The good news is that the Internet's behaving itself today. The bad news is that by November we will see another burst of Internet slowdowns and sites becoming unavailable as we did on August 12.
Here's how it all went wrong and why we can expect it to happen again.
We now know for certain that the Internet started having fits because some Tier 1 Internet routers' Border Gateway Protocol (BGP) routing tables had grown too large. The result: These routers could no longer properly handle Internet traffic.
BGP is the Internet's most important high-level protocol. In BGP, each routing domain is designated as an autonomous system (AS). BGP is used to find the shortest routes, i.e. the ones that take the fewest AS hops, between hosts. A Tier-1 network has access to the entire Tier 1 Internet BGP routing tables. Typically, a Tier-1 network such as the big three Tier-1 ISPs — Level 3, NTT, and TeliaSonera — provide 10 to 100Gbps Internet connections to tier-2 and last-mile ISPs.
To keep track of these high-speed connections, top-level routers make a map of the routes. This map is kept in a specialized kind of memory called Tertiary Content Addressable Memory (TCAM). So far, so good. The problem is that some older routers only have enough TCAM to map 512,000 routes. Once a router runs out of TCAM, as Cisco explained in May 2014, networks could see performance degradation, routing instability, and availability problems.
Well, they got that right.
According to BGPMon, a high-level networking traffic monitoring company, there were outages for 2,587 autonomous systems. This was caused by "15,000 new prefixes introduced into the global routing table." Since the full BGP map was hovering just below 500,000, that was enough to push non-upgraded Tier 1 Cisco routers over their TCAM limit. This, in turn, started causing havoc over the entire Internet.
By BGPMon's reckoning, almost all of those 15,000 new prefixes that broke the camel's back originated from Verizon. Andree Toonk, a network engineer and BGPMon's founder, wrote, "Whatever happened internally at Verizon caused aggregation for these prefixes to fail, which resulted in the introduction of thousands of new routes into the global routing table. This caused the routing table to temporarily reach 515,000 prefixes and that caused issues for older Cisco routers."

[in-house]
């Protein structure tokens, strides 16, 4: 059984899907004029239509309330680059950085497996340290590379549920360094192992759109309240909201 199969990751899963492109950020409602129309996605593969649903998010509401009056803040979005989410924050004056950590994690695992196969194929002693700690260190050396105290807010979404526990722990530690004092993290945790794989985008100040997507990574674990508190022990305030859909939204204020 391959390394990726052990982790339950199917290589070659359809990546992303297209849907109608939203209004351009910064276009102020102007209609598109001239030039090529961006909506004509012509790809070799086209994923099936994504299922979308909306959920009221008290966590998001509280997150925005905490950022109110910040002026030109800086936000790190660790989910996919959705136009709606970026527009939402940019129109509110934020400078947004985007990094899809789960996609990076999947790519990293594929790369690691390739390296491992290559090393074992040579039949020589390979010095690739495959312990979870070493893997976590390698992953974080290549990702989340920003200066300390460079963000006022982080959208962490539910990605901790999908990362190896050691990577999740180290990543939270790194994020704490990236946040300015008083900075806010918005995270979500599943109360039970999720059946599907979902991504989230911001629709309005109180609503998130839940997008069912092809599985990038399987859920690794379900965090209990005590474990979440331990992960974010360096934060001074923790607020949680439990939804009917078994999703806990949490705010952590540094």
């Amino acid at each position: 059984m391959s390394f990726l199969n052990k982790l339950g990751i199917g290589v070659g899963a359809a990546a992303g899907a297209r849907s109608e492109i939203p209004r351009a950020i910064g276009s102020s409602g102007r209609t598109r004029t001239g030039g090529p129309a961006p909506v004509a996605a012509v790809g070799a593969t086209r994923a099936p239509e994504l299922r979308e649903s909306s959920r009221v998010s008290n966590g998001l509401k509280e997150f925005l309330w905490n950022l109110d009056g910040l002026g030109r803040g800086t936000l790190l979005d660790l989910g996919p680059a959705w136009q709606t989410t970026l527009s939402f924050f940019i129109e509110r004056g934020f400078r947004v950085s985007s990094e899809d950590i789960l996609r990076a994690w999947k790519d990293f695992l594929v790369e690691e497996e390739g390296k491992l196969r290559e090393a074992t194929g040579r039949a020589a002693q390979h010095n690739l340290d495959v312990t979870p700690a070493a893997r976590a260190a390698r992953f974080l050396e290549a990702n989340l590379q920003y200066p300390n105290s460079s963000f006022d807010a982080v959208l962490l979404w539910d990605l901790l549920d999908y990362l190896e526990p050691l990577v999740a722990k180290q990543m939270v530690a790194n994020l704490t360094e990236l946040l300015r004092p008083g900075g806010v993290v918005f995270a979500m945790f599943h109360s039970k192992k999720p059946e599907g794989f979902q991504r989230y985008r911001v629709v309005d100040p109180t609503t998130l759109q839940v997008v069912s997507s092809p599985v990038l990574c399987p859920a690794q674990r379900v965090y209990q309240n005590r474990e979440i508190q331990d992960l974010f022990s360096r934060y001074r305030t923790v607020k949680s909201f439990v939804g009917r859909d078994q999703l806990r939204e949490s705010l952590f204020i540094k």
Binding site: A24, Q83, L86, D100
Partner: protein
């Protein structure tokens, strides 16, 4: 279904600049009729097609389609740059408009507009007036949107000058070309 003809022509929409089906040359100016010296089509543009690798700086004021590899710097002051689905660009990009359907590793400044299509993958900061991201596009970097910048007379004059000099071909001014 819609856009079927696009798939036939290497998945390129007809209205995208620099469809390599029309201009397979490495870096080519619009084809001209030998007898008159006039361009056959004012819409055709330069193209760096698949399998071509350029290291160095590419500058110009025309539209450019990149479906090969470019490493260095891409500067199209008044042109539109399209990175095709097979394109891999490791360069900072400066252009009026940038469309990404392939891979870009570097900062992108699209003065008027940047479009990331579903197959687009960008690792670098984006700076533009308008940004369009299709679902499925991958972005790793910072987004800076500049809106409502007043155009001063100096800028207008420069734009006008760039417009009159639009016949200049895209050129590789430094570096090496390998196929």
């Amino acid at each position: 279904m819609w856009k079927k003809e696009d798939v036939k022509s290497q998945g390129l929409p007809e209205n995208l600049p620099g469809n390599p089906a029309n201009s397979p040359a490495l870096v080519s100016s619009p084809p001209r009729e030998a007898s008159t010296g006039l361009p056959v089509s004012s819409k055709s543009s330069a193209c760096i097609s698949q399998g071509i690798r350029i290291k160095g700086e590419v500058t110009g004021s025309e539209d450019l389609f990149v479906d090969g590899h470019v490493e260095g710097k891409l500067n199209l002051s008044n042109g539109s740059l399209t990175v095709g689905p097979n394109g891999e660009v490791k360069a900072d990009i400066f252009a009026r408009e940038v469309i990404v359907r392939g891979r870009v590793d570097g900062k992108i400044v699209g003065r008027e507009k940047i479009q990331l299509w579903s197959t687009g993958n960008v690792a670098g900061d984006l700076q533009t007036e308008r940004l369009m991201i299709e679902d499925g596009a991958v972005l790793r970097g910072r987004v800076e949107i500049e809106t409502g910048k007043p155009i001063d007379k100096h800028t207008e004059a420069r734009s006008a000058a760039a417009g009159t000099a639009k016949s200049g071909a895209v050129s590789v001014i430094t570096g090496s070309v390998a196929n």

Fortunately, Toonk continued, "Verizon quickly solved the de-aggregation problem, so we’re good for now. However the Internet routing table will continue to grow organically and we will reach the 512,000 limit soon again."
Verizon was asked to comment on this but had not replied by the time this story was published.
It's that last bit about the BGP table continuing to grow which makes me certain we'll see this problem reappear again. By October, it's estimated, we'll be over 512,000 records for once and for all.
This is not, by the by, a problem related to our running out of Internet Protocol version 4 (IPv4) addresses, as some have speculated. (We are running out of IPv4 addresses. Most of North America is down to its last free IPv4 addresses. By mid-February 2015, the IPv4 cupboard will be bare.)
No, the problem behind the technical problem is ignorance. Warren Kumari, a Google senior network security engineer, wrote on the North American Network Operators Group (NANOG) mailing list: "Sadly enough, not everyone knew about the issue - there are a large number of folk running BGP on [Cisco] 65xx and taking full tables who are not plugged into NANOG / the community. In many cases they are single-homed enterprise folk, but run BGP anyway, because some consultant set it up, some employee with clue did it years ago and then left, etc."
Other network engineers report that some of service providers made the necessary correction in some, but not all, routers. This leads to a "lather, rinse, repeat" cycle of trying to recover when a fixed router starts feeding routes to a not-fixed router, and the not-fixed router gets back into the state of dropping routes.
In short, ignorance certainly played a role in this problem's proliferation.
Kumari continued, that while "some network engineers did know about the issue, but convincing management to spend the cash to buy hardware that doesn't suck was hard, because 'everything is working fine at the moment.'" Some folk needed things to fail spectacular;y to be able to justify shelling out the $$$."
So, there you have it. A little incompetence, some people who simply didn't know they were running out of memory, and not enough money all lead to the Internet having a coughing fit. While some ISPs will have doubtlessly learned their lesson from this experience, I am dead-certain that we will see another round of problems appear when we finally go over the 512 barrier for once and for all.